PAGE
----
Posts in the “programming” category

Type Safety definition

I saw this definition of type safety yesterday in a book named Programming TypeScript and I thought it was very simple and good:

Type Safety: Using types to prevent programs from doing invalid things.

Yoda Conditions

I had never heard of the term “Yoda Conditions” until now, but I have seen them in some Java code where programmers put the constant first in an effort to avoid null pointer exceptions.

Joe Armstrong: Why OO Sucks

Famed programmer Joe Armstrong passed away this weekend. He created the Erlang programming language, based on the actor model, and without using Google, I’m pretty darned sure that Erlang had an impact on Akka, the very cool actor library for Scala. Here’s an article Mr. Armstrong wrote some years ago, titled, Why OO Sucks (OO as in OOP).

Testing takes time, just like structural analysis takes time

“Testing takes time, just like structural analysis takes time. Both activities ensure the quality of the end product. It’s time for software developers to take up the mantle of responsibility for what they produce. Testing alone isn’t sufficient, but it is necessary.”

~ Neal Ford (as seen on this tweet)

How to use SQL SELECT, GROUP BY, ORDER BY, and COUNT (all in one)

Don’t tell anyone, but my SQL skills are pretty average these days, at best, mostly because I haven’t had to do anything hard in a while. But just now I was happy to write this little SQL SELECT query that does a GROUP BY, an ORDER BY, and a COUNT, yielding the results shown in the image:

select nid, count(nid) from term_node
where tid in (3,1,11,10,9,8,7)
group by nid
order by count(nid) DESC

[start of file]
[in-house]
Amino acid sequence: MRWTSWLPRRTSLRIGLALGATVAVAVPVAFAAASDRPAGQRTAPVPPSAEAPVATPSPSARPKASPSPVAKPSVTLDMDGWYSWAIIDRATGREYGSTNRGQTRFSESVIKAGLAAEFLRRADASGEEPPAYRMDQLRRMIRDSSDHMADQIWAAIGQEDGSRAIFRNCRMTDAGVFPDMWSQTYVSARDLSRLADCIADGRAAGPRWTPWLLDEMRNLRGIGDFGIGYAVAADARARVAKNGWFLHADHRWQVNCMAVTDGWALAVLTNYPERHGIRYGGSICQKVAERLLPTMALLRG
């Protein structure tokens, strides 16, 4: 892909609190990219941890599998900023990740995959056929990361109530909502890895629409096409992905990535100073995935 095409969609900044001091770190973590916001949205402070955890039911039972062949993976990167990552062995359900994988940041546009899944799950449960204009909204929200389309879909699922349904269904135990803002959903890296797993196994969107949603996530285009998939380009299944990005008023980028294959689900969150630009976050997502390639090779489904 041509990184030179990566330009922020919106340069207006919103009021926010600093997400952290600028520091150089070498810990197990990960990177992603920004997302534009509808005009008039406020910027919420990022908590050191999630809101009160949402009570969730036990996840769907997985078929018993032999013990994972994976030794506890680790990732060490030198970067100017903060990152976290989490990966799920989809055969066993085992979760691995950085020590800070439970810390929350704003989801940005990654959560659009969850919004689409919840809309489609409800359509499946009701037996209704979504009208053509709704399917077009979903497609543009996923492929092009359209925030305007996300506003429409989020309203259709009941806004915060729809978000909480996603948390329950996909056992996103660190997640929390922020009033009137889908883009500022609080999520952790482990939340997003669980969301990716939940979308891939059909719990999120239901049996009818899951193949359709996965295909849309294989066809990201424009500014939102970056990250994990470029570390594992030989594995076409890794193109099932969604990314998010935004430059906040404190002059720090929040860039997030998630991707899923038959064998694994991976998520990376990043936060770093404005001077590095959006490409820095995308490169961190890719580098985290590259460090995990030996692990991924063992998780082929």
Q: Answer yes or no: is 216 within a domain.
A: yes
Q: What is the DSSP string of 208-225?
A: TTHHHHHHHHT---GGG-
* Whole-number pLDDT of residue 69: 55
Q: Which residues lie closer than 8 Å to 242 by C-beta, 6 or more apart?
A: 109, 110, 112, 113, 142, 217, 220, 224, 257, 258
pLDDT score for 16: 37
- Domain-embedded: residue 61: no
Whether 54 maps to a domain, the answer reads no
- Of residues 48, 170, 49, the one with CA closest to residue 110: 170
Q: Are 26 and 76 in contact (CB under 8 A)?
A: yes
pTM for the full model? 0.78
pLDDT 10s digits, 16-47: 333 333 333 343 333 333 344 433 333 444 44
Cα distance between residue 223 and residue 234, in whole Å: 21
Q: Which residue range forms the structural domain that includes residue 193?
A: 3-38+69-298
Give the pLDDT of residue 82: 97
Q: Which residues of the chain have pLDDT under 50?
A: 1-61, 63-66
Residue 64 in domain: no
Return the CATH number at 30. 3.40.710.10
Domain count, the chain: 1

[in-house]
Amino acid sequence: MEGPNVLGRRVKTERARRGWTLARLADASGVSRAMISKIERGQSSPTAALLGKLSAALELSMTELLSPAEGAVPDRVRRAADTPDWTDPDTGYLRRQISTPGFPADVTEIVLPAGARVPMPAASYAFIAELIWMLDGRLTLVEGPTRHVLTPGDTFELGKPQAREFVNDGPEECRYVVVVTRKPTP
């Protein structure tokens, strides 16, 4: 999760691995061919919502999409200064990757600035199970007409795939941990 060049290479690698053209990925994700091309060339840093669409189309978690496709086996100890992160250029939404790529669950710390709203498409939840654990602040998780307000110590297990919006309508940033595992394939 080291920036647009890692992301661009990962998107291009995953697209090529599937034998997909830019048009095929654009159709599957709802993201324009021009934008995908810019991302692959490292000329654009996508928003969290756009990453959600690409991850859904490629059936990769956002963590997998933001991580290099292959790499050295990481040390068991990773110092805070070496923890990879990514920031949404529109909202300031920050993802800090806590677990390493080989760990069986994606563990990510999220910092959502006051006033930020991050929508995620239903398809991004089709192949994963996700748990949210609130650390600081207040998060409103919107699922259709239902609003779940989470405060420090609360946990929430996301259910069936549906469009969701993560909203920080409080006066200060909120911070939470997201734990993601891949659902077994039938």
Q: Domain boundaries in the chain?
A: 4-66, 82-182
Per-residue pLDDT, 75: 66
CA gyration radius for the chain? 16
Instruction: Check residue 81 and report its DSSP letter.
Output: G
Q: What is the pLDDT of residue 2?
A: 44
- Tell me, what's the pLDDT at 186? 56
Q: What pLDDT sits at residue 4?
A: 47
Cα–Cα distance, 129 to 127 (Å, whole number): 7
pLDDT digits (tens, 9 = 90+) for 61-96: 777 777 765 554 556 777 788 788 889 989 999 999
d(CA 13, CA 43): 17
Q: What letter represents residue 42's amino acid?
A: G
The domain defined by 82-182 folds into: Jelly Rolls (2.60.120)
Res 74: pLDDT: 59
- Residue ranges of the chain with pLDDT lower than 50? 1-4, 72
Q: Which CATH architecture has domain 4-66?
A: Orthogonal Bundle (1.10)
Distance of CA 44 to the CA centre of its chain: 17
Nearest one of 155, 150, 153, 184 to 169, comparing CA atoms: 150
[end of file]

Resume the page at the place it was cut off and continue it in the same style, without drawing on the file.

I’m going to use this query — or one very similar to it — to get a list of nodes (nid) that have the most tag ids (tid) from the list of tid in the query. In theory, the nodes (blog posts) that have the most tags in common should be the most related to each other. So, in my Scrupal6 replacement for Drupal 6, this query is a way to get “related” content for a given blog post. (The tid list shown comes from node id 4, so I need to also exclude nid=4 from the results. I also need to add a limit clause to the query.)

If you ever need to do a group by, order by, and count in one SQL query, I hope this example is helpful.

A nice story about Lisp

twobithistory.org has a nice story about Lisp titled, How Lisp became God’s own programming language. That page links to Paul Graham’s old Beating the averages post where he shares this Eric Raymond quote: “Lisp is worth learning for the profound enlightenment experience you will have when you finally get it; that experience will make you a better programmer for the rest of your days, even if you never actually use Lisp itself a lot.”

An honest reviewer of apps

A friend of mine is an honest reviewer of apps. When I asked her to use the AAA iOS app while we were driving back from Florida, she said, “OMG, please don’t make me use that piece of crap again.”

The lack of type safety was difficult to scale ...

From this AirBnB article about using React Native: “JavaScript is an untyped language. The lack of type safety was both difficult to scale and became a point of contention for mobile engineers used to typed languages who may have otherwise been interested in learning React Native ... A side-effect of JavaScript being untyped is that refactoring was extremely difficult and error-prone.”

Quotes from Clean Code

Back in 2013 I read the book Clean Code by Robert C. Martin, and in an effort to keep that book alive with me a little while longer, I decided to make my own “Cliffs Notes” version of the book on this page. One of my favorite notes from below is that a language named LOGO used the keyword to in the same way that Scala uses def, so a method named double would be defined as to double... instead of def double..., which seems like it would help developers name methods better.